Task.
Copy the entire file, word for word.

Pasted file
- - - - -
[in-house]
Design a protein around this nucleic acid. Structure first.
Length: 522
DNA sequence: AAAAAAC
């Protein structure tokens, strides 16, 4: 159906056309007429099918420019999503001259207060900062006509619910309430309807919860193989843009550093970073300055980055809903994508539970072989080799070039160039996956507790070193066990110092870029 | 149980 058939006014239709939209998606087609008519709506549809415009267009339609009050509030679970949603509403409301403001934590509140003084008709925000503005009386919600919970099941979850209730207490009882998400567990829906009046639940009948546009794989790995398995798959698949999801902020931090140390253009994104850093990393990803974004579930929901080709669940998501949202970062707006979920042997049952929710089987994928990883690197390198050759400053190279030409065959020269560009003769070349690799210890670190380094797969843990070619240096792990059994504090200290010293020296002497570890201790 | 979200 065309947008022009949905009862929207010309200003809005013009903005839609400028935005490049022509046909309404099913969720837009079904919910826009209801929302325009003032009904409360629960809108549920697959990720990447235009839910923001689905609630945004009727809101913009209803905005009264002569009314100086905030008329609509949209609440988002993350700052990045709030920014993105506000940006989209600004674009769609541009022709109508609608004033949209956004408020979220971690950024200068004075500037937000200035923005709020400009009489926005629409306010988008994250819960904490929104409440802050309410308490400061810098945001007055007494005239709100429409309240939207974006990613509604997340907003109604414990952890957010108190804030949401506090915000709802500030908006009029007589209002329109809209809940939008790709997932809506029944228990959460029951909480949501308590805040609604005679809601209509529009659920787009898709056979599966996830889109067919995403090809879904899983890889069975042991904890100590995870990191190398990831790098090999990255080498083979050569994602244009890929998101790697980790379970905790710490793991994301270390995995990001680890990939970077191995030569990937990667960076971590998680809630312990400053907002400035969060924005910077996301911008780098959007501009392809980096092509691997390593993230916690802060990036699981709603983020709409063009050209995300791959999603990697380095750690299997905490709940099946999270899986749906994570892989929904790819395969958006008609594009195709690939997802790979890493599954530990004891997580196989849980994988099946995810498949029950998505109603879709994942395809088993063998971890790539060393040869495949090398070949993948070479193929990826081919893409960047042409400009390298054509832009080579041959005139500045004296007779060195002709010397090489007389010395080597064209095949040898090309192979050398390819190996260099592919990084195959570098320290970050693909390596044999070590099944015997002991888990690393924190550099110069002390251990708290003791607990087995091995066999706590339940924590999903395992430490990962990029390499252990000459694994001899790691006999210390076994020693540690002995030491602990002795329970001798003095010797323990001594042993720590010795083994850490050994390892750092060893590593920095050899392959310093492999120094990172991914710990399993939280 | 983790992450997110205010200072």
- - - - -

[in-house]
Design a protein around this nucleic acid. Structure first.
Length: 522
DNA sequence: AAAAAAC
């Protein structure tokens, strides 16, 4: 159906056309007429099918420019999503001259207060900062006509619910309430309807919860193989843009550093970073300055980055809903994508539970072989080799070039160039996956507790070193066990110092870029 | 149980 058939006014239709939209998606087609008519709506549809415009267009339609009050509030679970949603509403409301403001934590509140003084008709925000503005009386919600919970099941979850209730207490009882998400567990829906009046639940009948546009794989790995398995798959698949999801902020931090140390253009994104850093990393990803974004579930929901080709669940998501949202970062707006979920042997049952929710089987994928990883690197390198050759400053190279030409065959020269560009003769070349690799210890670190380094797969843990070619240096792990059994504090200290010293020296002497570890201790 | 979200 065309947008022009949905009862929207010309200003809005013009903005839609400028935005490049022509046909309404099913969720837009079904919910826009209801929302325009003032009904409360629960809108549920697959990720990447235009839910923001689905609630945004009727809101913009209803905005009264002569009314100086905030008329609509949209609440988002993350700052990045709030920014993105506000940006989209600004674009769609541009022709109508609608004033949209956004408020979220971690950024200068004075500037937000200035923005709020400009009489926005629409306010988008994250819960904490929104409440802050309410308490400061810098945001007055007494005239709100429409309240939207974006990613509604997340907003109604414990952890957010108190804030949401506090915000709802500030908006009029007589209002329109809209809940939008790709997932809506029944228990959460029951909480949501308590805040609604005679809601209509529009659920787009898709056979599966996830889109067919995403090809879904899983890889069975042991904890100590995870990191190398990831790098090999990255080498083979050569994602244009890929998101790697980790379970905790710490793991994301270390995995990001680890990939970077191995030569990937990667960076971590998680809630312990400053907002400035969060924005910077996301911008780098959007501009392809980096092509691997390593993230916690802060990036699981709603983020709409063009050209995300791959999603990697380095750690299997905490709940099946999270899986749906994570892989929904790819395969958006008609594009195709690939997802790979890493599954530990004891997580196989849980994988099946995810498949029950998505109603879709994942395809088993063998971890790539060393040869495949090398070949993948070479193929990826081919893409960047042409400009390298054509832009080579041959005139500045004296007779060195002709010397090489007389010395080597064209095949040898090309192979050398390819190996260099592919990084195959570098320290970050693909390596044999070590099944015997002991888990690393924190550099110069002390251990708290003791607990087995091995066999706590339940924590999903395992430490990962990029390499252990000459694994001899790691006999210390076994020693540690002995030491602990002795329970001798003095010797323990001594042993720590010795083994850490050994390892750092060893590593920095050899392959310093492999120094990172991914710990399993939280 | 983790992450997110205010200072």